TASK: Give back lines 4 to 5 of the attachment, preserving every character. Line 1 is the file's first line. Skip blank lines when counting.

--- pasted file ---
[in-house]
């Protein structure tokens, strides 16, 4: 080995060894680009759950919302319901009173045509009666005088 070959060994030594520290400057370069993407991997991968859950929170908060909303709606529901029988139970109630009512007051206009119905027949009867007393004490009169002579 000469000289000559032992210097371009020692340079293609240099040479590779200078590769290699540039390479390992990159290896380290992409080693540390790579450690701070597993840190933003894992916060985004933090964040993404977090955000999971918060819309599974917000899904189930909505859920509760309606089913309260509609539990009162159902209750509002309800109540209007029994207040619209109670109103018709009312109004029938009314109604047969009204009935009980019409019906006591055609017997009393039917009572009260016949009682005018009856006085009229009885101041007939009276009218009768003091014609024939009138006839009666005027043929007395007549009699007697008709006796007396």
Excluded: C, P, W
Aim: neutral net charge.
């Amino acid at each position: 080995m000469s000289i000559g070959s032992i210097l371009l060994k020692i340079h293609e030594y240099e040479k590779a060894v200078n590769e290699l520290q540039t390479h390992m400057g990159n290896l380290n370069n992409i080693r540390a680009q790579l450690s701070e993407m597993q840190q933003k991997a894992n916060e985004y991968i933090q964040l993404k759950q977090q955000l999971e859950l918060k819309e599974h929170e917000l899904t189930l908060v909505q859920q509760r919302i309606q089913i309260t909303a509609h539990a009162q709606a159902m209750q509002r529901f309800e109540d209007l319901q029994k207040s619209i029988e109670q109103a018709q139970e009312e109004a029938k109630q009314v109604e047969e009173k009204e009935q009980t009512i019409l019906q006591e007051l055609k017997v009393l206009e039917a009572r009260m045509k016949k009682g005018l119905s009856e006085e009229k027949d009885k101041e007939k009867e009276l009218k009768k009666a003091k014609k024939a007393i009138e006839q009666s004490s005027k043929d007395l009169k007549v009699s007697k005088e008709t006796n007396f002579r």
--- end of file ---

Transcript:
Aim: neutral net charge.
């Amino acid at each position: 080995m000469s000289i000559g070959s032992i210097l371009l060994k020692i340079h293609e030594y240099e040479k590779a060894v200078n590769e290699l520290q540039t390479h390992m400057g990159n290896l380290n370069n992409i080693r540390a680009q790579l450690s701070e993407m597993q840190q933003k991997a894992n916060e985004y991968i933090q964040l993404k759950q977090q955000l999971e859950l918060k819309e599974h929170e917000l899904t189930l908060v909505q859920q509760r919302i309606q089913i309260t909303a509609h539990a009162q709606a159902m209750q509002r529901f309800e109540d209007l319901q029994k207040s619209i029988e109670q109103a018709q139970e009312e109004a029938k109630q009314v109604e047969e009173k009204e009935q009980t009512i019409l019906q006591e007051l055609k017997v009393l206009e039917a009572r009260m045509k016949k009682g005018l119905s009856e006085e009229k027949d009885k101041e007939k009867e009276l009218k009768k009666a003091k014609k024939a007393i009138e006839q009666s004490s005027k043929d007395l009169k007549v009699s007697k005088e008709t006796n007396f002579r």